THE ROYAL ENGAGEMENT of Prince Harry and American actress Meghan Markel has hit the news!

You know this columnist has been waiting for this announcement since news of the relationship was made public last year. Because of the announcement, commentary on the original people’s princess, Princess Diana, begins again. This year, being the 20th anniversary of her fatal car crash, lots of commentary about her life and memorials have been made. Given that Ms. Markle is an American, the concept of the people’s princess is again evident. Over these last few months of anticipation, I considered many of the simple lessons of Princess Diana‘s life. These five things specifically came to mind.

Visit people in the hospital. When my dad was sick this past summer, it was so helpful and refreshing to have family and friends come by for visits. Some would stay for several hours so I could work or go home; others stayed just a half hour to break up the monotony of the hospital. I’m either case, the visit was special and needed and appreciated.

Years ago when I was in the hospital for a femur fracture, I had many visitors and I loved every minute of the visits, however brief. I learned then and was reminded again this past summer that misery does love company. So, if you know someone is sick in the hospital (and can handle visitors), go. Even if you go for just for a few minutes. Your presence will give some relief to the boredom of a hospital and a needed break for your friends or family.

Teach your kids about a world beyond your own. Princess Diana did this very well, exposing her sons to the homeless population and teaching and showing them other cultures and experiences. Both Princes have continued to try to have “normal” experiences in their adult lives, serving as active military and learning practical skills.

One of my favorite photos of the late princess is of her with her sons on a water flume ride at an amusement park. They are all soaking wet and laughing heartily. That isn’t the kind of experience you would expect from a future monarch, but it was one example of how Diana taught her kids about life beyond their immediate and expected surroundings.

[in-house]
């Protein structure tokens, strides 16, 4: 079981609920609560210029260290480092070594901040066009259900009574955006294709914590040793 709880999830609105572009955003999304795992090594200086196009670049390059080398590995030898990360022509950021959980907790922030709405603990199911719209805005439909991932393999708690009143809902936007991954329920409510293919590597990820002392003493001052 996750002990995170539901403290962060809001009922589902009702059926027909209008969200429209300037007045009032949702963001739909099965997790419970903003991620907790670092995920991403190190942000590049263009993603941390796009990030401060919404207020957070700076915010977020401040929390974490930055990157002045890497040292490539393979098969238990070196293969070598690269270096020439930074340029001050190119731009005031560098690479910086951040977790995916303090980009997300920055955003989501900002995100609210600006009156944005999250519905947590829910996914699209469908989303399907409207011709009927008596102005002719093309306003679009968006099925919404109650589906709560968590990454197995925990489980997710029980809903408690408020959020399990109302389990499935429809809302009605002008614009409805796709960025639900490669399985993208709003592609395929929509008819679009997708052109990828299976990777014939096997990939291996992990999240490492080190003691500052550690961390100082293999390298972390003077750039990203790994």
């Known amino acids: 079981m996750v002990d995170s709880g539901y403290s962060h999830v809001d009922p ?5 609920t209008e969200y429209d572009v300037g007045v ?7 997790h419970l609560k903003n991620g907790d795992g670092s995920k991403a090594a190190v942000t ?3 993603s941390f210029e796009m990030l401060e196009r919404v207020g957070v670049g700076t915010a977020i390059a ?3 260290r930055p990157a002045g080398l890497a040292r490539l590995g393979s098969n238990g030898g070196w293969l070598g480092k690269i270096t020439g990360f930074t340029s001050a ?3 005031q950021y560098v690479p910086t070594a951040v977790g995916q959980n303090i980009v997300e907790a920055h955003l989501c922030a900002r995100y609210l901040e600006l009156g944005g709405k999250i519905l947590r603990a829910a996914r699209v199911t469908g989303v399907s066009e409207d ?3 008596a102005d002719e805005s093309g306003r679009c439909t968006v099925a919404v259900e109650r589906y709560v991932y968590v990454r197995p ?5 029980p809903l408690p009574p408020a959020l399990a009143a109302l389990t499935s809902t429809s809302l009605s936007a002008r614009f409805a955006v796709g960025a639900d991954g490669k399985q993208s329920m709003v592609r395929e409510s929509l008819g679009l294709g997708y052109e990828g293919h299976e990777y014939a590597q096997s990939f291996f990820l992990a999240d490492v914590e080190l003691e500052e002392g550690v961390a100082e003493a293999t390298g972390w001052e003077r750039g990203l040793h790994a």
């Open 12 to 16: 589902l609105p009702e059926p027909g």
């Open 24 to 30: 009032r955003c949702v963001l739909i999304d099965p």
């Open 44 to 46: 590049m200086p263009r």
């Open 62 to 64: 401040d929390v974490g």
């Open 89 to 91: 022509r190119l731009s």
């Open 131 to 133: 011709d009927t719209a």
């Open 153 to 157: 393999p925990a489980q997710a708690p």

The world is a big place and being different is not always wrong (sometimes it is). But show your children other cultures. As a kid, my parents loved a good summer family vacation. One particular trip, we visited Pennsylvania and experienced some parts of the Amish Dutch community. I was fascinated by a world without electricity. I think about that community every time the power goes out. I have read books and visited again as an adult, seeking understanding of a society that is foreign to me. I’m sure I could stretch myself further, seeking understanding of a culture that is more foreign to my own. Instead of learning about cultures without hair dryers and microwaves I should probably visit places without clean water. I’m not quite ready to face that fear yet, but knowing that world is out there is a step in the right direction.

Do things that scare you. Princess Diana hugged AIDS patients at a time when the disease was very new (and scary) for the rest of the world. She stood up for herself against the media. She embraced a life outside of anything she had ever known twice – once becoming a princess and once again when she left the monarchy. I don’t live in the public eye and I’m trapped by fear constantly. I am often afraid to try new things. But like the Princess showed us, being afraid does not change the status quo.

Know yourself before you marry anyone else. Diana married too young. She was barely out of her teens after having a protected, naive upbringing. She was embarking on a marriage that brought a career with it for an intense, prestigious “institution”, the monarchy. I would say that her sons have (hopefully) been wiser, waiting until they were in their 30’s before making the commitment to marry. They have each selected women who were also more mature, both in age and in personality. Prince William’s wife Catherine had many years to learn the responsibilities and benefits that a royal position would hold. It seems Ms. Markle is also very confident and seems well-guided, by her prince and also by her own intelligence and poise. Princess Diana was not as mature when she married and found herself awkwardly navigating unfamiliar waters. I meet brides every day. I often pray they know themselves well, particularly if they are marrying husbands with strong, dominant careers or where a geographic move is imminent after the wedding. Marriage should not be rushed into, and husbands and wives should certainly be confident with who they are before trying to share themselves. I’m not saying younger couples are at a disadvantage just so long as they know themselves well.

Wear your seatbelt. I think we can all agree we wish we could know what else Princess Diana could have taught us if she hadn’t died in the car accident (don’t get me started on the conspiracy theories – that’s a column for another day). So, please, wear your seatbelt.